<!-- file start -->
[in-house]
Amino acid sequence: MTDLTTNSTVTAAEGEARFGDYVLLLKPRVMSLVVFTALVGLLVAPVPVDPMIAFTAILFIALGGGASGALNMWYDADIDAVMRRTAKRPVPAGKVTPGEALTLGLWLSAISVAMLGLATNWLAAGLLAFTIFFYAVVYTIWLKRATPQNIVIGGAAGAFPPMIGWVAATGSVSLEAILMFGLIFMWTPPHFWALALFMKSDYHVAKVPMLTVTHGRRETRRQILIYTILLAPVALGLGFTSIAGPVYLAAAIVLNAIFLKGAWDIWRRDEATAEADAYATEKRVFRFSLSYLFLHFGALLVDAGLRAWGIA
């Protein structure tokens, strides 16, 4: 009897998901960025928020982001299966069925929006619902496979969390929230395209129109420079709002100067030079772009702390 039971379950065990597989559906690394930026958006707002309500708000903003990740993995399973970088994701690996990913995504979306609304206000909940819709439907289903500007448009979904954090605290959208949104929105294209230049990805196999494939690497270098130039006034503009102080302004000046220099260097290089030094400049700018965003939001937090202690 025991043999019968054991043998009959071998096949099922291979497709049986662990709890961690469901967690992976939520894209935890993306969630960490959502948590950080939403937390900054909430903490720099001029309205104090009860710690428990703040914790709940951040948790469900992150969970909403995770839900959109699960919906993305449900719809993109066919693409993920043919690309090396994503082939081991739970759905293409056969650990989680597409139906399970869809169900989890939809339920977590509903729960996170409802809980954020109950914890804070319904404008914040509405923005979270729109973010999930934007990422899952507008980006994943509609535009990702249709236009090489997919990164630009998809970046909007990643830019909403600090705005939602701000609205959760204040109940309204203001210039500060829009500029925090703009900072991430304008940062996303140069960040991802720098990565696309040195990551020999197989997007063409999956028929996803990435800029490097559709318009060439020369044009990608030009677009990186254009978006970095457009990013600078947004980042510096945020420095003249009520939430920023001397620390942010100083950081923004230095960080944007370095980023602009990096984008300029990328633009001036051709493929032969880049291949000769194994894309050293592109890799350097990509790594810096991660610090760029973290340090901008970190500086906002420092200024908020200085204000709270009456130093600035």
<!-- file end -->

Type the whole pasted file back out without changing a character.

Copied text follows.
[in-house]
Amino acid sequence: MTDLTTNSTVTAAEGEARFGDYVLLLKPRVMSLVVFTALVGLLVAPVPVDPMIAFTAILFIALGGGASGALNMWYDADIDAVMRRTAKRPVPAGKVTPGEALTLGLWLSAISVAMLGLATNWLAAGLLAFTIFFYAVVYTIWLKRATPQNIVIGGAAGAFPPMIGWVAATGSVSLEAILMFGLIFMWTPPHFWALALFMKSDYHVAKVPMLTVTHGRRETRRQILIYTILLAPVALGLGFTSIAGPVYLAAAIVLNAIFLKGAWDIWRRDEATAEADAYATEKRVFRFSLSYLFLHFGALLVDAGLRAWGIA
């Protein structure tokens, strides 16, 4: 009897998901960025928020982001299966069925929006619902496979969390929230395209129109420079709002100067030079772009702390 039971379950065990597989559906690394930026958006707002309500708000903003990740993995399973970088994701690996990913995504979306609304206000909940819709439907289903500007448009979904954090605290959208949104929105294209230049990805196999494939690497270098130039006034503009102080302004000046220099260097290089030094400049700018965003939001937090202690 025991043999019968054991043998009959071998096949099922291979497709049986662990709890961690469901967690992976939520894209935890993306969630960490959502948590950080939403937390900054909430903490720099001029309205104090009860710690428990703040914790709940951040948790469900992150969970909403995770839900959109699960919906993305449900719809993109066919693409993920043919690309090396994503082939081991739970759905293409056969650990989680597409139906399970869809169900989890939809339920977590509903729960996170409802809980954020109950914890804070319904404008914040509405923005979270729109973010999930934007990422899952507008980006994943509609535009990702249709236009090489997919990164630009998809970046909007990643830019909403600090705005939602701000609205959760204040109940309204203001210039500060829009500029925090703009900072991430304008940062996303140069960040991802720098990565696309040195990551020999197989997007063409999956028929996803990435800029490097559709318009060439020369044009990608030009677009990186254009978006970095457009990013600078947004980042510096945020420095003249009520939430920023001397620390942010100083950081923004230095960080944007370095980023602009990096984008300029990328633009001036051709493929032969880049291949000769194994894309050293592109890799350097990509790594810096991660610090760029973290340090901008970190500086906002420092200024908020200085204000709270009456130093600035």